Cambodia approves power projects to reduce electricity imports

Cambodia Construction News

Cambodia approves power projects to reduce electricity imports

The Cambodian cabinet has approved two electricity development projects in a bid to address the increasing demand for electricity in the country.

The two projects will be a 230-kilowatt transit grid development project from the Ta Tei dam in Koh Kong province as well as a coal-fired electricity plant in Preah Sihanouk province, both of which are expected to begin generating electricity by 2019, the Khmer Times reported on Monday.

“Prime Minister Hun Sen is hoping to benefit poor people by providing an opportunity for everyone to have access to cheap electricity nationwide,” cabinet spokesman Pay Siphan said on Facebook.

The transmission line in the Koh Kong project will be 220 kilometres long in order to be able to connect to Phnom Penh and will cost Alex Cooperation, the investment company heading the project, US$136 million.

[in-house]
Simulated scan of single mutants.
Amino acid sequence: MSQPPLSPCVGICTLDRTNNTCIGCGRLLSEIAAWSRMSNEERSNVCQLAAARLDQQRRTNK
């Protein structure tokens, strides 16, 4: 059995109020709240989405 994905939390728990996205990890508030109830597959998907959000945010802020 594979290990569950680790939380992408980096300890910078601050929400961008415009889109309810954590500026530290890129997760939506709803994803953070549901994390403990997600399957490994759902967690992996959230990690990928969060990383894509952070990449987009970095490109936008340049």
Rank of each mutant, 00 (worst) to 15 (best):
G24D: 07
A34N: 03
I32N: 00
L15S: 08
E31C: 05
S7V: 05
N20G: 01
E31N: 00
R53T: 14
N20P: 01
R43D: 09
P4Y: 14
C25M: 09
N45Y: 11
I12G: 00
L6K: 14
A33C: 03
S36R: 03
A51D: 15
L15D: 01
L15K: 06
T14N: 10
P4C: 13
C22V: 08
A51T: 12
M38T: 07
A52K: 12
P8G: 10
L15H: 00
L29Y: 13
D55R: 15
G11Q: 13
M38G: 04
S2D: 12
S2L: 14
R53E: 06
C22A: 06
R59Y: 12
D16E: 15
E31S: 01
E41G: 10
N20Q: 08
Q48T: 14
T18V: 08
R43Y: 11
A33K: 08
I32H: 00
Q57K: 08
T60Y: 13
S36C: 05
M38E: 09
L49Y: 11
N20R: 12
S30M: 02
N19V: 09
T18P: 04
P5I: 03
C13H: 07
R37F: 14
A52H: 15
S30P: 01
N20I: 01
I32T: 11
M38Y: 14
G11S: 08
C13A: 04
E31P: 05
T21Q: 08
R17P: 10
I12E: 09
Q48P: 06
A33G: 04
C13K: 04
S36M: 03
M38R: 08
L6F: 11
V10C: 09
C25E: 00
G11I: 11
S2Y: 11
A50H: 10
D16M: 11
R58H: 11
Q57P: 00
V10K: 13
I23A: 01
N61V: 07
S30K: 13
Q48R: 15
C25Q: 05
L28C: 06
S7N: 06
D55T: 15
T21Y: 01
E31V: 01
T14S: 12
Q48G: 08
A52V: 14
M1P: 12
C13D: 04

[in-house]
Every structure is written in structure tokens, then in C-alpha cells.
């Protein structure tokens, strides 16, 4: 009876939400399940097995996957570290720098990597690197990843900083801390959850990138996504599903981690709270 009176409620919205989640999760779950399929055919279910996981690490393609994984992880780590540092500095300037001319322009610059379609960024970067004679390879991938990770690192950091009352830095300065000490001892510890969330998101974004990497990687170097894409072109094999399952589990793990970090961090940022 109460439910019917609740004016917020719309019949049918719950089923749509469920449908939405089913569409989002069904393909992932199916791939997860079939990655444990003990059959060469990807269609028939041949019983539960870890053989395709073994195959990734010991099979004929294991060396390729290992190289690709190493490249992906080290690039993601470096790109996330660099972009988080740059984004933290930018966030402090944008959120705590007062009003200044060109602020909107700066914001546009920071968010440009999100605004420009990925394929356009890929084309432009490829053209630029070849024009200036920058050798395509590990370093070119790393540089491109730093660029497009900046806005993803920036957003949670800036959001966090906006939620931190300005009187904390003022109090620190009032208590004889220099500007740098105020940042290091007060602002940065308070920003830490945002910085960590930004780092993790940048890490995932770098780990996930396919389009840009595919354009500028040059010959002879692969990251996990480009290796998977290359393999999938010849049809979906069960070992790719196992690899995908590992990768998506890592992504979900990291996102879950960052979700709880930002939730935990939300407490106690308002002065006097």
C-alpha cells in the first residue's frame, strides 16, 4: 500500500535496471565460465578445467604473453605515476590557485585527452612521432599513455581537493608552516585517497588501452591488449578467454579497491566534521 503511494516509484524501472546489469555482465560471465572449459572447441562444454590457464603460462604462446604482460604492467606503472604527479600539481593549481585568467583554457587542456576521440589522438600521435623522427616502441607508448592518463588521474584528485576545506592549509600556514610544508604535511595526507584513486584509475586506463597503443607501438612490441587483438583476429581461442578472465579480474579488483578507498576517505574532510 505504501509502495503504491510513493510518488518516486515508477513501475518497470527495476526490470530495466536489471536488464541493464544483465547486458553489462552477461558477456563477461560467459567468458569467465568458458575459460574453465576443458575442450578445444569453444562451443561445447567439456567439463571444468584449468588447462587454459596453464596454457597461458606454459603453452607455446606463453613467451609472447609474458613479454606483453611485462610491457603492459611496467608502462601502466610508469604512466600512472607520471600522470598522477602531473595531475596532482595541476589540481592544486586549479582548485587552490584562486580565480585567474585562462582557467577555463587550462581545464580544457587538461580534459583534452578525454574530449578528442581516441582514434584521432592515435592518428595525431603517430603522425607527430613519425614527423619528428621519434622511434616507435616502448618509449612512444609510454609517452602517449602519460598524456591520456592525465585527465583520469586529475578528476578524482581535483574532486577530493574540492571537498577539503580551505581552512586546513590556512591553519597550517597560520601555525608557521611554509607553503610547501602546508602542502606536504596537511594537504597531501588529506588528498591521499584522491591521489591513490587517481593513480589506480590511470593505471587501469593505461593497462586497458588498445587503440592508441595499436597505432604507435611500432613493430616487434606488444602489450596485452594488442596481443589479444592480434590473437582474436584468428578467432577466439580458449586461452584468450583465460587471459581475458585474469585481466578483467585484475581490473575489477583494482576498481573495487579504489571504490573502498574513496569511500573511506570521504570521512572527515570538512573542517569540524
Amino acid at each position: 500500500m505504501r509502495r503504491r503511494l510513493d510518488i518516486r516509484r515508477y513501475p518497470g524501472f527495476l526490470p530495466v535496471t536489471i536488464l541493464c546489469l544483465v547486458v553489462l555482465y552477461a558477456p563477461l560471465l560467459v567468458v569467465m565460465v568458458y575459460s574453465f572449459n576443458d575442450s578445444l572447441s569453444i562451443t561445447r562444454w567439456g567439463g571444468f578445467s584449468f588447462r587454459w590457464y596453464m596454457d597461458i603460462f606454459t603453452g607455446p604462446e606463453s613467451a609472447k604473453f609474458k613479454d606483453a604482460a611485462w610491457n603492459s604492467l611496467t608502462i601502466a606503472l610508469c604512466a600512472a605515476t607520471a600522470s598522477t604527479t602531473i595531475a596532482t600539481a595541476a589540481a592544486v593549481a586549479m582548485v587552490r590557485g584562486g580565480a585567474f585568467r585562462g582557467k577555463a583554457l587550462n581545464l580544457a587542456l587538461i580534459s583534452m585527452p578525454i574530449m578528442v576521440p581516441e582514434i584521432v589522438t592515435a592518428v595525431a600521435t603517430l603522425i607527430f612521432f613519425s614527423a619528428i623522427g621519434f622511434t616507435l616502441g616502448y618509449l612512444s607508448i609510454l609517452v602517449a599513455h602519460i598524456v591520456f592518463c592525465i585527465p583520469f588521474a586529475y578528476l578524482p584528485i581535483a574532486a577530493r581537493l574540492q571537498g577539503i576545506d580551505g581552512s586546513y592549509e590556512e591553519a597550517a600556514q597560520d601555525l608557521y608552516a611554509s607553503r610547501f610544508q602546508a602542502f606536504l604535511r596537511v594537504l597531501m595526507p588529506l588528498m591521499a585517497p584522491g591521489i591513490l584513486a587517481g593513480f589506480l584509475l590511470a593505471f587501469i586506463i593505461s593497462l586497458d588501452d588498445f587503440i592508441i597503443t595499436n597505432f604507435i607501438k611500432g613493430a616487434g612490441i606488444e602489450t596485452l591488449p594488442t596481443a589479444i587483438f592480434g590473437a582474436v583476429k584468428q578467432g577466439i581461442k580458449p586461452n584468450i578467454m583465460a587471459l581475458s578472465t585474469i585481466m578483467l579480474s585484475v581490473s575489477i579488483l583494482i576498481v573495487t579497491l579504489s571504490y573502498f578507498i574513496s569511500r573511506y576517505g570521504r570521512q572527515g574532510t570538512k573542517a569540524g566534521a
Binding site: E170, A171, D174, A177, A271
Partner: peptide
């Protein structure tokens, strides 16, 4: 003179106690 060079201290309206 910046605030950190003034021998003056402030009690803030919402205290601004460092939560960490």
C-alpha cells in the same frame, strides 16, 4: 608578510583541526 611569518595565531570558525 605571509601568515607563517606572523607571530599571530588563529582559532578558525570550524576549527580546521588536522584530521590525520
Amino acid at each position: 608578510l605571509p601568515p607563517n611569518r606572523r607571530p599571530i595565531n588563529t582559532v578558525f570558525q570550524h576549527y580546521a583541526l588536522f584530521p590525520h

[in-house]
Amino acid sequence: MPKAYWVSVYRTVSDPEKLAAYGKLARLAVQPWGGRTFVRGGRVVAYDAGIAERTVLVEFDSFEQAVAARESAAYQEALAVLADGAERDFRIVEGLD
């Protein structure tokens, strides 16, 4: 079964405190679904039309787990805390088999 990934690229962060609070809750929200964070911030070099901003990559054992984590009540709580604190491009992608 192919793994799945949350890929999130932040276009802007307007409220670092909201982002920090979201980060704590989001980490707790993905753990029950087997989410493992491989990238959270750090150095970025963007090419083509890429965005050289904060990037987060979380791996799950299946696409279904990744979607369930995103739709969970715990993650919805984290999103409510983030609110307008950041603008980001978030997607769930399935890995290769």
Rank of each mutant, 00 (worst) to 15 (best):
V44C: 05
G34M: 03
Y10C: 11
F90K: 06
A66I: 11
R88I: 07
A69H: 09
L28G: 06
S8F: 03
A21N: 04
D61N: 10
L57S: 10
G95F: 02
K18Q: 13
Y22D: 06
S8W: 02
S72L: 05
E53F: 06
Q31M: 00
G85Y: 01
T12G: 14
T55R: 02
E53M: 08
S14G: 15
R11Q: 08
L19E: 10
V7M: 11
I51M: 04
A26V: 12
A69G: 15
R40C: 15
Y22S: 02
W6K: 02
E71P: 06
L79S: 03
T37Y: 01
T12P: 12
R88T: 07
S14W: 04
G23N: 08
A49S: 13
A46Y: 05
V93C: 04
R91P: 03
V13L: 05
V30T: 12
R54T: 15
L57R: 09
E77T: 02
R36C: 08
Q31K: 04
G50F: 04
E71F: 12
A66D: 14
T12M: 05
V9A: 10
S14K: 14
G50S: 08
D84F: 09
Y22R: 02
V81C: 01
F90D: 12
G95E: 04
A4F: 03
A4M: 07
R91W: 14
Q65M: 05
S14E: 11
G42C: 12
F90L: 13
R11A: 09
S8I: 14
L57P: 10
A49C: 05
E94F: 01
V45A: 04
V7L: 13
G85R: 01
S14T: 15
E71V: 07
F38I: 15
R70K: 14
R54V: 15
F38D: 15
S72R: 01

The 135-megawatt coal-fired power plant in Preah Sihanouk will be built to replace the Cheay Areng Dam in Koh Kong which has since shut down. The project will be headed by Malaysian company Cambodia Energy Limited which already has a 50-megawatt plant in the province. The company is expected to invest $250 million into the project.

Supreme National Economic Council senior advisor Mey Kalyan said that the progress in electricity generation will drive national economic growth by meeting the increasing demand for electricity.

“It will help develop the quality of electricity which will boost the progress of the industrial sector. While we have quantity, we still don’t have quality,” Kalyan said.

He also said that the project will reduce the country’s dependency on importing electricity from neighbouring countries, adding that producing power domestically will also be more economical.

Electricity prices in Cambodia are among the highest in the region with the most inexpensive option coming from the national grid costing between $0.11 and $0.27 per kilowatt hour.


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